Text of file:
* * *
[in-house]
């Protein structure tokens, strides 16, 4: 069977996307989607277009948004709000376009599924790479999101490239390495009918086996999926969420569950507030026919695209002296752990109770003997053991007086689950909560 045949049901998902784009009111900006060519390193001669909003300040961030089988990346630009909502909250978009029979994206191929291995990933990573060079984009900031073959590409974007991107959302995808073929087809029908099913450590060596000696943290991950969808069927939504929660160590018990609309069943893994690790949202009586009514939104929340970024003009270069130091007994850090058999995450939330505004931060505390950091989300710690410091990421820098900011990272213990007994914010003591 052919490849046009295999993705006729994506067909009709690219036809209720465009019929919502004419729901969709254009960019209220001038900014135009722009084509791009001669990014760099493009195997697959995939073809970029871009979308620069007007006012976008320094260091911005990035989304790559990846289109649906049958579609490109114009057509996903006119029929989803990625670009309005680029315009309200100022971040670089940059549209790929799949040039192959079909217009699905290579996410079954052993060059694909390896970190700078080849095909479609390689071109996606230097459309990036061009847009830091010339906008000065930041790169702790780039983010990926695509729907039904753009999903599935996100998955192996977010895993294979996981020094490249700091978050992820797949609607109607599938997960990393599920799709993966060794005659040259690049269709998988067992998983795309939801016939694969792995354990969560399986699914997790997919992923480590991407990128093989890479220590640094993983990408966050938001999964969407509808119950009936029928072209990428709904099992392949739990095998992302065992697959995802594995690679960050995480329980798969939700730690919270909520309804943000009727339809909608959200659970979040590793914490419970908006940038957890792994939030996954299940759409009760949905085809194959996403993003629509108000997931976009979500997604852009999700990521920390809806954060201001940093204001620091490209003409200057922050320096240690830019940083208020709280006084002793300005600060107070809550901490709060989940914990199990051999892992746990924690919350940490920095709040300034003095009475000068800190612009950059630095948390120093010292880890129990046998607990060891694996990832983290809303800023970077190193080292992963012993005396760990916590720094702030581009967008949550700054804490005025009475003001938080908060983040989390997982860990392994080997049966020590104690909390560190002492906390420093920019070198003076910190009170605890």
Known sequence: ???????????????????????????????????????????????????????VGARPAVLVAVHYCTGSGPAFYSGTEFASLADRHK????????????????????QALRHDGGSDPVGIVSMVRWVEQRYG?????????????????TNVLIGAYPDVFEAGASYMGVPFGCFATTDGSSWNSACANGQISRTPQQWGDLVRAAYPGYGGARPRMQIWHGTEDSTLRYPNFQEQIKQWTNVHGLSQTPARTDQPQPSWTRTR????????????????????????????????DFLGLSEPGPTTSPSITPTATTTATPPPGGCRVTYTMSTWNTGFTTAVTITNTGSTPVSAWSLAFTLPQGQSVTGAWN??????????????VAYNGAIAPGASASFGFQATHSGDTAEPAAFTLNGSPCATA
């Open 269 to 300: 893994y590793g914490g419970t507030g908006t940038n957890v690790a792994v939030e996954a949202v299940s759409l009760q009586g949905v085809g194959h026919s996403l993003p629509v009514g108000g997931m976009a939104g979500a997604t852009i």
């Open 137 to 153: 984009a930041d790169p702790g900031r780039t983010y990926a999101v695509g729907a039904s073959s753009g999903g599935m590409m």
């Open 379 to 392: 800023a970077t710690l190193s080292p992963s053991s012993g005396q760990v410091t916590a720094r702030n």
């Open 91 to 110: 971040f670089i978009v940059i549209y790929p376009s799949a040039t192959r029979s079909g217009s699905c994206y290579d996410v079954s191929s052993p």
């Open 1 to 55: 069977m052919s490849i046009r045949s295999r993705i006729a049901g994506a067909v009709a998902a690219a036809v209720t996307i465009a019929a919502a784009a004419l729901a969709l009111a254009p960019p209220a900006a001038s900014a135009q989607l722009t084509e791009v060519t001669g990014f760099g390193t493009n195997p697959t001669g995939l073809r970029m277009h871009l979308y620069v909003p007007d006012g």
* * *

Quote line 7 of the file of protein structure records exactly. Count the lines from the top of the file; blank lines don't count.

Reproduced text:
């Open 91 to 110: 971040f670089i978009v940059i549209y790929p376009s799949a040039t192959r029979s079909g217009s699905c994206y290579d996410v079954s191929s052993p």